Wild horses in western Colorado are entering the second year of a fertility program designed to decrease birth rates among the herds so less animals will have to be removed for adoption.
Curr-ently, only the Little Bookcliffs herd, near Grand Junction, is undergoing the experimental treatment but successful results could lead to an expansion to other wild herds in western Colorado, according to Linda Coates-Markle, the Montana-Dakotas wild horse and burro state lead with the Bureau of Land Management.
"Our goal is to develop the fertility control vaccine to a level where we're completely assured it's safe and effective for broadscale use," Coates-Markle said.
The program works by darting wild mares with a vaccine that prevents them for becoming pregnant. Available vaccines can prevent a mare from becoming pregnant for one or two years. Researchers currently are working on a 3-year vaccine as well, Coates-Markle said.
The BLM maintains 206 managed herd areas in 10 western states, including four herds in western Colorado with about 800 horses. It is responsible to maintain the herds within specific management areas. And it removes animals annually to maintain herd sizes and prevent them from overwhelming the vegetation in a given area.
Wild horse herd populations increase at a rate of 10 to 15 percent per year, Coates-Markle said.
"If we let it go unchecked, it would have a serious detrimental effect on the forage base," Coates-Markle said. "Population control by the BLM is absolutely necessary."
The BLM's tool for controlling the populations is to round up horses and put them up for adoption. But Coates-Markle said of the 10,000 to 15,000 horses removed from the wild, only 5,000 to 8,000 are being adopted annually. Housing the animals yet to be adopted is expensive and in the early 1990s, the BLM began investigating other tools for managing herd sizes.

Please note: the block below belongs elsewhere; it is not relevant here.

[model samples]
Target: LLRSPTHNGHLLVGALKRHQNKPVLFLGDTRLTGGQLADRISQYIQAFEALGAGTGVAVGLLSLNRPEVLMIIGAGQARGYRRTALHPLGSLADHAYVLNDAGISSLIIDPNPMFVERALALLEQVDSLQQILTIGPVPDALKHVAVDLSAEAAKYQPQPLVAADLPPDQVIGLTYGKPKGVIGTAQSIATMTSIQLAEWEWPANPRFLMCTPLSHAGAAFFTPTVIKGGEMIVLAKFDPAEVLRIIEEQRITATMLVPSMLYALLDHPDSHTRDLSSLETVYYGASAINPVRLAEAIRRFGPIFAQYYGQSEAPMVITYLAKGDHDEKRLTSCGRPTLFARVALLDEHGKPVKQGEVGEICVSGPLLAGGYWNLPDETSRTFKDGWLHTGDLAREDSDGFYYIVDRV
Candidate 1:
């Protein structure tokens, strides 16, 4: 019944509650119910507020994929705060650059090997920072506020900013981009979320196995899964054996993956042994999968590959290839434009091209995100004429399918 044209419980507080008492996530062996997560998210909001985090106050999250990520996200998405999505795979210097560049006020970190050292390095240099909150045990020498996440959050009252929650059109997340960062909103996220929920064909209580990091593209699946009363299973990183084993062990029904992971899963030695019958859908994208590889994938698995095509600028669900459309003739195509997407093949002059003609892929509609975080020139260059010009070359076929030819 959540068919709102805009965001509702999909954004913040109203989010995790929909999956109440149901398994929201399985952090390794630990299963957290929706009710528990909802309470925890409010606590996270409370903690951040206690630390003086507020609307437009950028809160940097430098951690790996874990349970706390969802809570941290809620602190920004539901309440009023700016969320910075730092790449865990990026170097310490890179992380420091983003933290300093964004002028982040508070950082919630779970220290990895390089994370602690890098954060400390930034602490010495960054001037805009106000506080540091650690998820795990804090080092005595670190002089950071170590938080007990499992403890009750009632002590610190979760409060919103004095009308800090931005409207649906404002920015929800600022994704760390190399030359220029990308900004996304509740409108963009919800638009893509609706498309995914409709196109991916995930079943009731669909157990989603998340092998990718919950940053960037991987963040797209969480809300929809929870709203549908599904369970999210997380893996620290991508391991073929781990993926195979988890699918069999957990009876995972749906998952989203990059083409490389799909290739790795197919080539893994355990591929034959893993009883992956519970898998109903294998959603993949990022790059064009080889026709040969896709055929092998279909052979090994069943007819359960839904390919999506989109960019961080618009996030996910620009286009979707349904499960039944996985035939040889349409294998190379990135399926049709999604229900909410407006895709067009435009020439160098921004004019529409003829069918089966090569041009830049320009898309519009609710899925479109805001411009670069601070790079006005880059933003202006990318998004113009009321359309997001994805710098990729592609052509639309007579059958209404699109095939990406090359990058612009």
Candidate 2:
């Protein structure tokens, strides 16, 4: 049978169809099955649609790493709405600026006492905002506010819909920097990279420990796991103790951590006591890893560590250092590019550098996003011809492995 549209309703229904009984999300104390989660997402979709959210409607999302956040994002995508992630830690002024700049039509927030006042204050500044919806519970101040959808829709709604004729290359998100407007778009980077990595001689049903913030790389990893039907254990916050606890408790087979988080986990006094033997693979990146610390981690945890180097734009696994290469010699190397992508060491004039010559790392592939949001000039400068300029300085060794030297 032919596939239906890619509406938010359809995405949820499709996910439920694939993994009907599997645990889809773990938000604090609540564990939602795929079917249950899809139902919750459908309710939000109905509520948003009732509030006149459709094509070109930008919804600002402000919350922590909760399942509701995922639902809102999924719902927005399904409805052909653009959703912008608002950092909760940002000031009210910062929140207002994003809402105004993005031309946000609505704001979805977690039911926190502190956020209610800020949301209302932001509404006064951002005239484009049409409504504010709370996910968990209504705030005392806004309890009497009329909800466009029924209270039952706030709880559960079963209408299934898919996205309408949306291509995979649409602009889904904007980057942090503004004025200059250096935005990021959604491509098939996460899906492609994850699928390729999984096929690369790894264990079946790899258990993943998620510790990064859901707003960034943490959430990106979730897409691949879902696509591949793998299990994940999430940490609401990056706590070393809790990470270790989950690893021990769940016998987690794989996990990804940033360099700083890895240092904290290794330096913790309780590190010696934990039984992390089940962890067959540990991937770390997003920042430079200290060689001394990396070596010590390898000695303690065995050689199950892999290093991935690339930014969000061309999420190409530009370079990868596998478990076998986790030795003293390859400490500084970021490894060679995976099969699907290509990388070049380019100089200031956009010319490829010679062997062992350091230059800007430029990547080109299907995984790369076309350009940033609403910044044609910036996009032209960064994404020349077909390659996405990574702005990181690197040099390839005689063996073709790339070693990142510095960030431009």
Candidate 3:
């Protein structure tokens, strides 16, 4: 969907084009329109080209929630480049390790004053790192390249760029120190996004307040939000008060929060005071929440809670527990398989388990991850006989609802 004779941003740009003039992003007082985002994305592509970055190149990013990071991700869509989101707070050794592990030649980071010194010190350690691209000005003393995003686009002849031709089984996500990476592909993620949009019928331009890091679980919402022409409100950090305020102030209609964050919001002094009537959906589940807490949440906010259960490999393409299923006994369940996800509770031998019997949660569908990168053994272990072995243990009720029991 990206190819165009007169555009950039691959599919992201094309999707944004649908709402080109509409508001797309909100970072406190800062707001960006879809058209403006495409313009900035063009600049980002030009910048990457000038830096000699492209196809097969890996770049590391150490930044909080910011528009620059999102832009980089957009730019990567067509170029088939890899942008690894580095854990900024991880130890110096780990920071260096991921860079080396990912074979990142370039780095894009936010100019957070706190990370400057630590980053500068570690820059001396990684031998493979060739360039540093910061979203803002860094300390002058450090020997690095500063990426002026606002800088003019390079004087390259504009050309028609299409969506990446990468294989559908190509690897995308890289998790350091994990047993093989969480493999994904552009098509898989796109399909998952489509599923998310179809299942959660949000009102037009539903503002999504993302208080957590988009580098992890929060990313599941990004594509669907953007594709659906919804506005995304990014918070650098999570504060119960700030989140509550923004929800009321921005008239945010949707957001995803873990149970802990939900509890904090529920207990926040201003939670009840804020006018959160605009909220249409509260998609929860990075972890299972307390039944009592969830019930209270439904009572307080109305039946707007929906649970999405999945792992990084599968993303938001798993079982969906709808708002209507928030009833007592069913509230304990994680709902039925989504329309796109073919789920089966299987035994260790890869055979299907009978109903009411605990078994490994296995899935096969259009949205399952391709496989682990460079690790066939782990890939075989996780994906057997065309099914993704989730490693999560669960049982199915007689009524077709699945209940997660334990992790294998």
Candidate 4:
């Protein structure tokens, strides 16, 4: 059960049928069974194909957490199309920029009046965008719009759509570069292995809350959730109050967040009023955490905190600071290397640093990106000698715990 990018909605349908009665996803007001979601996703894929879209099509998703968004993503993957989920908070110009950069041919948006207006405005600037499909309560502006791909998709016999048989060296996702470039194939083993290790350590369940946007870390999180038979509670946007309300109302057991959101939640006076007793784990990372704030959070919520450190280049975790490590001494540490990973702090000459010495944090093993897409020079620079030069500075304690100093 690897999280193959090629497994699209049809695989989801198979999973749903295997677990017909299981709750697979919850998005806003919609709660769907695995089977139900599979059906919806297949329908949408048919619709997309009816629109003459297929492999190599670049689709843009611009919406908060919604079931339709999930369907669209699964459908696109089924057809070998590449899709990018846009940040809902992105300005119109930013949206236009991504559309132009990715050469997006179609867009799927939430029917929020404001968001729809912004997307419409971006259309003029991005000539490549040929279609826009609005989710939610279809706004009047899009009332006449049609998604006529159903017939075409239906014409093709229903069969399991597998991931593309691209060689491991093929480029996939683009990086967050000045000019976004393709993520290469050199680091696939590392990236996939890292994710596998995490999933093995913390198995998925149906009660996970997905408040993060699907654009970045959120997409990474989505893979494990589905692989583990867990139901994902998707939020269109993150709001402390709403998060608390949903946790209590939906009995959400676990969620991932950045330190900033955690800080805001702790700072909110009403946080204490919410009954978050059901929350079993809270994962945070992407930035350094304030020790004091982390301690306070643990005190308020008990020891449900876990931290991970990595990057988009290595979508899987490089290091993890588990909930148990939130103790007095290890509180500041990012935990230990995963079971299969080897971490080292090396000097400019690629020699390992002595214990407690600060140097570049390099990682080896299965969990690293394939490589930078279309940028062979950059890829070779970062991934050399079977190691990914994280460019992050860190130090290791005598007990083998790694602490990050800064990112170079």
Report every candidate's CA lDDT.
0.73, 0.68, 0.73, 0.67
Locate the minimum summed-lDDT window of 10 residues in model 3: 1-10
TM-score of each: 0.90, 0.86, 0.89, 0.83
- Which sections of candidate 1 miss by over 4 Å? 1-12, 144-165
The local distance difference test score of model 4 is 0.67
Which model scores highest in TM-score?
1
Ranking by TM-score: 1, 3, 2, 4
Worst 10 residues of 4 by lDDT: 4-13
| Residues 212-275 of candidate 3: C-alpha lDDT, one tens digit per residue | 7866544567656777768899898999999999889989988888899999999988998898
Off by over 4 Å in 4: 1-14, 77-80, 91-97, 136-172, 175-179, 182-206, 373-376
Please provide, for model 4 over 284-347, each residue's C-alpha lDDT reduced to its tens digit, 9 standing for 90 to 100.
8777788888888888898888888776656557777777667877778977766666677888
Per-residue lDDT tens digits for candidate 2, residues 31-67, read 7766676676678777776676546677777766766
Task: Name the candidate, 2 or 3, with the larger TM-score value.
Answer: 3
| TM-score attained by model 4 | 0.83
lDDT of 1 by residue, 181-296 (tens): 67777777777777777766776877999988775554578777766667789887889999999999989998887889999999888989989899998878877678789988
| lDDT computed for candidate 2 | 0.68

The long-term project requires extensive research of the herds to identify the mares and determine which ones to vaccinate. It includes one year of pre-application research to establish a "baseline" by which to measure the horses' normal social structure, mating habits and reproduction. Several years of vaccinations then take place, followed by two years of post-application studies of the BLM's findings.
Coates-Markle said the vaccines have been tested extensively even before their introduction into western herds, proving that when the vaccination runs its course, the mares return to fertility and produce a healthy foal.
"We just want to document that this is the case in western herds," Coates-Markle said.
According to Coates-Markle, the horses continue to breed normally, even when the vaccine prevents them from becoming pregnant. The vaccine only causes a mare's body to produce antibodies around the covering of viable eggs, which prevents fertilization.
Jeremy Browning can be reached at 824-7031 or firstname.lastname@example.org.